Budget 2021. What it means for small business owners.
Many of the major budget spending headlines has been pre-announced in the days leading up to the Chancellor’s statement:
- £5bn further support for retail and hospitality
- Furlough extended until September (with tweaks in the employer contributions)
- Money for the arts and sports to help get these performances and pastimes back up and running
While the spending plans had been trumpeted, the tax plans were more muted. Today we began to hear about how we would start to chip away at the COVID debt mountain.
Tax on company profits will rise from 19% to 25% starting in 2023. There is a tapered approach to how the new tax will be applied.
- Less than £50,000 profit – tax remains at 19%
- A taper between £50,000 and £250,000 with only businesses with profits >£250k paying the new full 25% rate.
Businesses whose annual profit is a shade over £50k may be able to use further employer pension contributions to reduce the profit figure downwards.
No changes to income tax, National Insurance or VAT.
- Personal income tax allowance to be frozen at £12,570 from April 2022 to 2026
- Higher rate income tax threshold to be frozen at £50,270 from 2022 to 2026
Other Business Highlights
- Tax breaks for firms to “unlock” £20bn worth of business investment
- Incentives for firms to take on apprentices to rise to £3,000 and £126m for traineeships
- Lower VAT rate for hospitality firms to be maintained at 5% rate until September
- Interim 12.5% rate will then apply for the following six months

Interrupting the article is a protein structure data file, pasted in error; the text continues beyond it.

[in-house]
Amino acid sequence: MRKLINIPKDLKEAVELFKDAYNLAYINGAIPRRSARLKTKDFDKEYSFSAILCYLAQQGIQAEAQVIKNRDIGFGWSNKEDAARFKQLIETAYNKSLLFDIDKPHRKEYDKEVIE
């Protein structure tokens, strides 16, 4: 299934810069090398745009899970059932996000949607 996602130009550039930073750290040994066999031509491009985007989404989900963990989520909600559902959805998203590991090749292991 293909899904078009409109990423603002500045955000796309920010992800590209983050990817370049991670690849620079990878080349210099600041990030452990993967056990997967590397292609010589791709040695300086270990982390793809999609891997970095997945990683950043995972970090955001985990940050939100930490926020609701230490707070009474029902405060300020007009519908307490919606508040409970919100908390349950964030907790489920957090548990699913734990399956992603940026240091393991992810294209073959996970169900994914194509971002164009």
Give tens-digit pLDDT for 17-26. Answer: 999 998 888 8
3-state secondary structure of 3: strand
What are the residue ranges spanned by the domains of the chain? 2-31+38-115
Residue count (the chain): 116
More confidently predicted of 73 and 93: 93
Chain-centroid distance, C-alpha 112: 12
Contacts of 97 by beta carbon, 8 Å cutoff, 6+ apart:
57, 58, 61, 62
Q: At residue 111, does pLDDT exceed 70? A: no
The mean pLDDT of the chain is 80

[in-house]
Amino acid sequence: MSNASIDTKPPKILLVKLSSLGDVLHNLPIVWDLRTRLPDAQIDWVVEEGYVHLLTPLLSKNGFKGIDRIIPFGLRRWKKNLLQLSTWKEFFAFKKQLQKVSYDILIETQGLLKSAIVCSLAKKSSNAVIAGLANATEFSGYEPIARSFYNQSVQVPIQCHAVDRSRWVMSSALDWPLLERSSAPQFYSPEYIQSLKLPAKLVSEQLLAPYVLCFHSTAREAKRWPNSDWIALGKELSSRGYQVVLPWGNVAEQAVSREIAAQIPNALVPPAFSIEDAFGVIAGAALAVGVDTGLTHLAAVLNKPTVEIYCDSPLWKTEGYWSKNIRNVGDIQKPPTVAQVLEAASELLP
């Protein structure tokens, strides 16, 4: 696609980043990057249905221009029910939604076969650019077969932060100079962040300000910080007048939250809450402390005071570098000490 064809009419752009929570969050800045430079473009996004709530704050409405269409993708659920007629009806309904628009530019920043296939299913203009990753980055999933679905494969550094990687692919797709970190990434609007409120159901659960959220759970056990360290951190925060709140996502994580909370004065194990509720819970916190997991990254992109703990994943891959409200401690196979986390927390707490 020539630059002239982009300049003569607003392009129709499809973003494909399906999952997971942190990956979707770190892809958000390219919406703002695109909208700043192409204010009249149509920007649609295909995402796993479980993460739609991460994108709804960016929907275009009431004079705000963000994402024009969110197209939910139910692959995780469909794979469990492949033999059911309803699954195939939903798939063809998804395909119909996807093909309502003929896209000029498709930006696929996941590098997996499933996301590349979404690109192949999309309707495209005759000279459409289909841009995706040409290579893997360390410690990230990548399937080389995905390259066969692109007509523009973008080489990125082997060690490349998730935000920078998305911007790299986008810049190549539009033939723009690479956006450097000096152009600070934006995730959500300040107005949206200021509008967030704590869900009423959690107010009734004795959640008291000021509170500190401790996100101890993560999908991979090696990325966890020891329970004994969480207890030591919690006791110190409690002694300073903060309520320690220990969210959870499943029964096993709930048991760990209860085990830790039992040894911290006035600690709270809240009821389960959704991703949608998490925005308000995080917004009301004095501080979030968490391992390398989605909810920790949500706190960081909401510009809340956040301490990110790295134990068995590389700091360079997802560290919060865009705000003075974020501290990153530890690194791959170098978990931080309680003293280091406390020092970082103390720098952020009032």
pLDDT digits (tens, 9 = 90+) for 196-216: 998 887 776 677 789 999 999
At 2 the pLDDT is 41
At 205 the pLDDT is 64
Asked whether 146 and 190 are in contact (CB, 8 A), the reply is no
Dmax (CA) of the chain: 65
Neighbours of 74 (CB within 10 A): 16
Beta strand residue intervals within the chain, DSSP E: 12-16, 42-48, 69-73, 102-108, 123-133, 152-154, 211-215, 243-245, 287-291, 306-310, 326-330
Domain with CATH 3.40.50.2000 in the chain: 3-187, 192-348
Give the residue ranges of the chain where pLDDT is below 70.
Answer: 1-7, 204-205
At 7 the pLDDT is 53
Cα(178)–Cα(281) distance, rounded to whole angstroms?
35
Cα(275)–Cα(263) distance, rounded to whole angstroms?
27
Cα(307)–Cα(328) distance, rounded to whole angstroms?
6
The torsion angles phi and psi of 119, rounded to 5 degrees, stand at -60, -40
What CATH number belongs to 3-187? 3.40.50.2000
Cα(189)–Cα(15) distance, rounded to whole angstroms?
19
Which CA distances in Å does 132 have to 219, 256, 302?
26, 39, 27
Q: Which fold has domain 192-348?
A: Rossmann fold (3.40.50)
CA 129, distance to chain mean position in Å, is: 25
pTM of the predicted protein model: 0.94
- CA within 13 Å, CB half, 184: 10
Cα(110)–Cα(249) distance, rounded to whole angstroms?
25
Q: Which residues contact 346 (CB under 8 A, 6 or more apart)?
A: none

- Business rates holiday for firms in England to continue until June with 75% discount after that
- A new Help to Grow scheme to offer up to 130,000 companies across the UK a digital and management boost.
- New visa scheme to help start-ups and rapidly growing tech firms source talent from overseas
- Contactless payment limit will rise to £100 later this year
Jason McClounan of Confian Accountancy Services said about the budget: “This budget is set against the background of the ongoing pandemic and ‘stay at home’ message. It was inevitable and right that the emphasis would be on providing continued necessary support for people and businesses. However we did see a glimpse of what is to come once society is back to operating with fewer restrictions. Businesses that have been such large beneficiaries of support will be expected to start paying back in. But it was interesting to see that businesses at lower end of the profit scale were largely left alone. This will be a relief to small businesses owners, many of whom count themselves among the ‘forgotten’ as they are Limited Company Directors who have not benefitted from any of the Government schemes.
Remember that this is just the first word on public finances, not the last, so expect the Chancellor to return in 12 months asking for more”.